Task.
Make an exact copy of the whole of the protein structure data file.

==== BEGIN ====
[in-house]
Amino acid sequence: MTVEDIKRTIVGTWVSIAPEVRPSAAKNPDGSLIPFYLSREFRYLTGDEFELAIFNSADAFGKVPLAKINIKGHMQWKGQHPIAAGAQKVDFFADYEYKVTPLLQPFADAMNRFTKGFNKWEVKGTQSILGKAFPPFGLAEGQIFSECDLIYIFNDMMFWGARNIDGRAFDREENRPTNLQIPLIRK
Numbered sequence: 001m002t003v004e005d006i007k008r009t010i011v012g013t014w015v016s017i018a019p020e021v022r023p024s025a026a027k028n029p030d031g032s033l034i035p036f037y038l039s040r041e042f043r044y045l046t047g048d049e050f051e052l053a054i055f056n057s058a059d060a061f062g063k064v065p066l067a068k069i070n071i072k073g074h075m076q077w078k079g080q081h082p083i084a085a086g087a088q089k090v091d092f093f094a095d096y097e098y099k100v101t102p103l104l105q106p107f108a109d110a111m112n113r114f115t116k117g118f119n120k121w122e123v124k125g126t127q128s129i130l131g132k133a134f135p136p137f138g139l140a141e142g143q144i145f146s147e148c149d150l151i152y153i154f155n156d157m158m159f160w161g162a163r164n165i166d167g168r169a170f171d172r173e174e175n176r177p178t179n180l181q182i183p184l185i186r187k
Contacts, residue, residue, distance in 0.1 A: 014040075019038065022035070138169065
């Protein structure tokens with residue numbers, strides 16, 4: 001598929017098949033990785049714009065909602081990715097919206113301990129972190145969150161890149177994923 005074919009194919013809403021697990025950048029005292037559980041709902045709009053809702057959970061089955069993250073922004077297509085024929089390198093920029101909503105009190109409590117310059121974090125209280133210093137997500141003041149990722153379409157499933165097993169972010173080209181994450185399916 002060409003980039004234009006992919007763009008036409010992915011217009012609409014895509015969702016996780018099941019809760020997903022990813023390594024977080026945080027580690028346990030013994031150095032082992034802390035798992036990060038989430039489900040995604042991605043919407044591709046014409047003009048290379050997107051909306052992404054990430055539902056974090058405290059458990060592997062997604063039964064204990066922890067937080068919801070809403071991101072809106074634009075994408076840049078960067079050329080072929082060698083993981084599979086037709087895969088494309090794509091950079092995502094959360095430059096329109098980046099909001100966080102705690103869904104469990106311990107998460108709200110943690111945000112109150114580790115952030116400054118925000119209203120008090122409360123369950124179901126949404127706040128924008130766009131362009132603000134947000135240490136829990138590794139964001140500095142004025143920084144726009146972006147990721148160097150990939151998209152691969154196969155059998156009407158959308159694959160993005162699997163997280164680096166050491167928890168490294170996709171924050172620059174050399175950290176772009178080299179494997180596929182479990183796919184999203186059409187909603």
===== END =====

[in-house]
Amino acid sequence: MTVEDIKRTIVGTWVSIAPEVRPSAAKNPDGSLIPFYLSREFRYLTGDEFELAIFNSADAFGKVPLAKINIKGHMQWKGQHPIAAGAQKVDFFADYEYKVTPLLQPFADAMNRFTKGFNKWEVKGTQSILGKAFPPFGLAEGQIFSECDLIYIFNDMMFWGARNIDGRAFDREENRPTNLQIPLIRK
Numbered sequence: 001m002t003v004e005d006i007k008r009t010i011v012g013t014w015v016s017i018a019p020e021v022r023p024s025a026a027k028n029p030d031g032s033l034i035p036f037y038l039s040r041e042f043r044y045l046t047g048d049e050f051e052l053a054i055f056n057s058a059d060a061f062g063k064v065p066l067a068k069i070n071i072k073g074h075m076q077w078k079g080q081h082p083i084a085a086g087a088q089k090v091d092f093f094a095d096y097e098y099k100v101t102p103l104l105q106p107f108a109d110a111m112n113r114f115t116k117g118f119n120k121w122e123v124k125g126t127q128s129i130l131g132k133a134f135p136p137f138g139l140a141e142g143q144i145f146s147e148c149d150l151i152y153i154f155n156d157m158m159f160w161g162a163r164n165i166d167g168r169a170f171d172r173e174e175n176r177p178t179n180l181q182i183p184l185i186r187k
Contacts, residue, residue, distance in 0.1 A: 014040075019038065022035070138169065
């Protein structure tokens with residue numbers, strides 16, 4: 001598929017098949033990785049714009065909602081990715097919206113301990129972190145969150161890149177994923 005074919009194919013809403021697990025950048029005292037559980041709902045709009053809702057959970061089955069993250073922004077297509085024929089390198093920029101909503105009190109409590117310059121974090125209280133210093137997500141003041149990722153379409157499933165097993169972010173080209181994450185399916 002060409003980039004234009006992919007763009008036409010992915011217009012609409014895509015969702016996780018099941019809760020997903022990813023390594024977080026945080027580690028346990030013994031150095032082992034802390035798992036990060038989430039489900040995604042991605043919407044591709046014409047003009048290379050997107051909306052992404054990430055539902056974090058405290059458990060592997062997604063039964064204990066922890067937080068919801070809403071991101072809106074634009075994408076840049078960067079050329080072929082060698083993981084599979086037709087895969088494309090794509091950079092995502094959360095430059096329109098980046099909001100966080102705690103869904104469990106311990107998460108709200110943690111945000112109150114580790115952030116400054118925000119209203120008090122409360123369950124179901126949404127706040128924008130766009131362009132603000134947000135240490136829990138590794139964001140500095142004025143920084144726009146972006147990721148160097150990939151998209152691969154196969155059998156009407158959308159694959160993005162699997163997280164680096166050491167928890168490294170996709171924050172620059174050399175950290176772009178080299179494997180596929182479990183796919184999203186059409187909603």